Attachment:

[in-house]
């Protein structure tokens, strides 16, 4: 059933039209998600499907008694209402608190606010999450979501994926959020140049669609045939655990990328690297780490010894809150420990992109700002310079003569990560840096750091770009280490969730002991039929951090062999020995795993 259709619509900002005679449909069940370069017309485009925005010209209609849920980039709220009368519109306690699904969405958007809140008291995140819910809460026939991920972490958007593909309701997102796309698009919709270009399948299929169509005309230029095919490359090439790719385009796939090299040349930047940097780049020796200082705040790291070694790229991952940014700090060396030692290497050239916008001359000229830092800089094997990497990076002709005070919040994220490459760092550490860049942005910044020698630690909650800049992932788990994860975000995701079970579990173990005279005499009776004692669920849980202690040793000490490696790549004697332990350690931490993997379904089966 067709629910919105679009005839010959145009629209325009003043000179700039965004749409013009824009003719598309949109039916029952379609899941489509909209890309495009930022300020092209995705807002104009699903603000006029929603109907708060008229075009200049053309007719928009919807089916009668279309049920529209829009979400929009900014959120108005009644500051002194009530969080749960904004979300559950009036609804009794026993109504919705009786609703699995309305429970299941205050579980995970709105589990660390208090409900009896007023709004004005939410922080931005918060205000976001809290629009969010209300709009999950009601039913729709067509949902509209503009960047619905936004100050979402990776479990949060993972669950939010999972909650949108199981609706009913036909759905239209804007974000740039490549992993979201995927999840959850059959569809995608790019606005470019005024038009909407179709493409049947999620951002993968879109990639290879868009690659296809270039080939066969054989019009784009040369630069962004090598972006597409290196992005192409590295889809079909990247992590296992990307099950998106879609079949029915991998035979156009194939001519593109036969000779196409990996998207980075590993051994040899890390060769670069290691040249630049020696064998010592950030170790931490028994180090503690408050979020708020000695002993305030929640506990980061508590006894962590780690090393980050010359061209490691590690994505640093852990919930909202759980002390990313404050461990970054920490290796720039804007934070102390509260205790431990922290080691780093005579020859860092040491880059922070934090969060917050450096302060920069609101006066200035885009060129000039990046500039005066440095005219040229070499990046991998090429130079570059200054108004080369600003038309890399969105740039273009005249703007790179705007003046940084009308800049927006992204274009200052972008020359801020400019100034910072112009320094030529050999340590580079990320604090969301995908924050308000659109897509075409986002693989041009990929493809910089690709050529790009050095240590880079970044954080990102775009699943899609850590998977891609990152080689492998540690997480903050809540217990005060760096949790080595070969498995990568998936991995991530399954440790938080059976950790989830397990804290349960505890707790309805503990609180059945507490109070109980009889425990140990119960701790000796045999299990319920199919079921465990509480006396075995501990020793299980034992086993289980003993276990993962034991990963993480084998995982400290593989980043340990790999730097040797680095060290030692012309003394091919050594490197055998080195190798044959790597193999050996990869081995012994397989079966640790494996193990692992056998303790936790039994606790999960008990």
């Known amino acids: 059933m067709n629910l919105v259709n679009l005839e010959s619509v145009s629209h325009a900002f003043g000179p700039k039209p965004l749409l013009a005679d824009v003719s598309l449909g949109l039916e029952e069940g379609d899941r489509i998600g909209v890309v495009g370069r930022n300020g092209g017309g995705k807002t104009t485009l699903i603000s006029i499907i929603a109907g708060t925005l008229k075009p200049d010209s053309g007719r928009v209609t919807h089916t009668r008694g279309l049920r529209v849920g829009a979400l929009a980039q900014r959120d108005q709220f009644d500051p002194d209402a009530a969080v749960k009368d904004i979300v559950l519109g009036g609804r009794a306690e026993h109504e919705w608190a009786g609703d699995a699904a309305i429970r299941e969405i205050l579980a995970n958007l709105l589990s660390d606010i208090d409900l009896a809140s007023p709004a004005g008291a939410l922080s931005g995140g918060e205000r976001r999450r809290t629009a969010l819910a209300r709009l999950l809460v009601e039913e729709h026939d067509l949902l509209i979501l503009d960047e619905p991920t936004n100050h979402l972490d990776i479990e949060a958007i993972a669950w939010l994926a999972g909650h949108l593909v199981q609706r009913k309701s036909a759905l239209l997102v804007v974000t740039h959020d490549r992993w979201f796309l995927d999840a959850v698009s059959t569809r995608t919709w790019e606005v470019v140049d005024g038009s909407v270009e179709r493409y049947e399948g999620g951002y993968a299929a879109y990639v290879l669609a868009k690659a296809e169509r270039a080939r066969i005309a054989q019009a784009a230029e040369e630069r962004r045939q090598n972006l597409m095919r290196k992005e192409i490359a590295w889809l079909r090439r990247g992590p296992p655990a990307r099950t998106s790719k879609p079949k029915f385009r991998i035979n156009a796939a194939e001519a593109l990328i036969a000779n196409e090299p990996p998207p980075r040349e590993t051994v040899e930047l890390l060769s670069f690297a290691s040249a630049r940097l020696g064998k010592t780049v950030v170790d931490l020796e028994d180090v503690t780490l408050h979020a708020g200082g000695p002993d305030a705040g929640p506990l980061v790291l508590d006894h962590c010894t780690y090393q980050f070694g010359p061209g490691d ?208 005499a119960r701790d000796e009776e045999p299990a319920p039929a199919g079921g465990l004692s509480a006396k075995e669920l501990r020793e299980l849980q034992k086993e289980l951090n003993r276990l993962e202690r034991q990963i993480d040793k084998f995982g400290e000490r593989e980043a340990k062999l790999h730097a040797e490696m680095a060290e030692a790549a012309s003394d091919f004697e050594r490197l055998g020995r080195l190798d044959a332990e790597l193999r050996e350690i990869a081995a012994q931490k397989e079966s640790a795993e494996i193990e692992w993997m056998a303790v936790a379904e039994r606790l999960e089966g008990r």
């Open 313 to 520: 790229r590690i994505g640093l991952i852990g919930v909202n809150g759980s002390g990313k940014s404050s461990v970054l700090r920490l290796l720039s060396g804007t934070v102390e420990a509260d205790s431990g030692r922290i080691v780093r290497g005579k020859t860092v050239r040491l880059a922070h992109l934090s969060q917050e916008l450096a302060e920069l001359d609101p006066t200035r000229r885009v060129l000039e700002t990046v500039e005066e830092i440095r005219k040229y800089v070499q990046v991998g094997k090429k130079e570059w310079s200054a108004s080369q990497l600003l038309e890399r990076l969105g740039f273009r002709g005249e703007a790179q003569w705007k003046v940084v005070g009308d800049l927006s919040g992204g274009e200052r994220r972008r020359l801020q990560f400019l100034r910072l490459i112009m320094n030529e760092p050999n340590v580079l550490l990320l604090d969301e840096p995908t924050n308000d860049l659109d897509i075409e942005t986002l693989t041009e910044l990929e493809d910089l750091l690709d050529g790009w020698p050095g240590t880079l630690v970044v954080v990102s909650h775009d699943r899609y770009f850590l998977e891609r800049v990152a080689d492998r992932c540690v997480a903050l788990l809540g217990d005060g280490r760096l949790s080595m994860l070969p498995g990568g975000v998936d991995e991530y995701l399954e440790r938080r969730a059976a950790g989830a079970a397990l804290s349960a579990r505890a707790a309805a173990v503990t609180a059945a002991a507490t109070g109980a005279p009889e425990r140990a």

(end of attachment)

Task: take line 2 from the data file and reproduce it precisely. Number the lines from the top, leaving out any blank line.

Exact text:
């Protein structure tokens, strides 16, 4: 059933039209998600499907008694209402608190606010999450979501994926959020140049669609045939655990990328690297780490010894809150420990992109700002310079003569990560840096750091770009280490969730002991039929951090062999020995795993 259709619509900002005679449909069940370069017309485009925005010209209609849920980039709220009368519109306690699904969405958007809140008291995140819910809460026939991920972490958007593909309701997102796309698009919709270009399948299929169509005309230029095919490359090439790719385009796939090299040349930047940097780049020796200082705040790291070694790229991952940014700090060396030692290497050239916008001359000229830092800089094997990497990076002709005070919040994220490459760092550490860049942005910044020698630690909650800049992932788990994860975000995701079970579990173990005279005499009776004692669920849980202690040793000490490696790549004697332990350690931490993997379904089966 067709629910919105679009005839010959145009629209325009003043000179700039965004749409013009824009003719598309949109039916029952379609899941489509909209890309495009930022300020092209995705807002104009699903603000006029929603109907708060008229075009200049053309007719928009919807089916009668279309049920529209829009979400929009900014959120108005009644500051002194009530969080749960904004979300559950009036609804009794026993109504919705009786609703699995309305429970299941205050579980995970709105589990660390208090409900009896007023709004004005939410922080931005918060205000976001809290629009969010209300709009999950009601039913729709067509949902509209503009960047619905936004100050979402990776479990949060993972669950939010999972909650949108199981609706009913036909759905239209804007974000740039490549992993979201995927999840959850059959569809995608790019606005470019005024038009909407179709493409049947999620951002993968879109990639290879868009690659296809270039080939066969054989019009784009040369630069962004090598972006597409290196992005192409590295889809079909990247992590296992990307099950998106879609079949029915991998035979156009194939001519593109036969000779196409990996998207980075590993051994040899890390060769670069290691040249630049020696064998010592950030170790931490028994180090503690408050979020708020000695002993305030929640506990980061508590006894962590780690090393980050010359061209490691590690994505640093852990919930909202759980002390990313404050461990970054920490290796720039804007934070102390509260205790431990922290080691780093005579020859860092040491880059922070934090969060917050450096302060920069609101006066200035885009060129000039990046500039005066440095005219040229070499990046991998090429130079570059200054108004080369600003038309890399969105740039273009005249703007790179705007003046940084009308800049927006992204274009200052972008020359801020400019100034910072112009320094030529050999340590580079990320604090969301995908924050308000659109897509075409986002693989041009990929493809910089690709050529790009050095240590880079970044954080990102775009699943899609850590998977891609990152080689492998540690997480903050809540217990005060760096949790080595070969498995990568998936991995991530399954440790938080059976950790989830397990804290349960505890707790309805503990609180059945507490109070109980009889425990140990119960701790000796045999299990319920199919079921465990509480006396075995501990020793299980034992086993289980003993276990993962034991990963993480084998995982400290593989980043340990790999730097040797680095060290030692012309003394091919050594490197055998080195190798044959790597193999050996990869081995012994397989079966640790494996193990692992056998303790936790039994606790999960008990």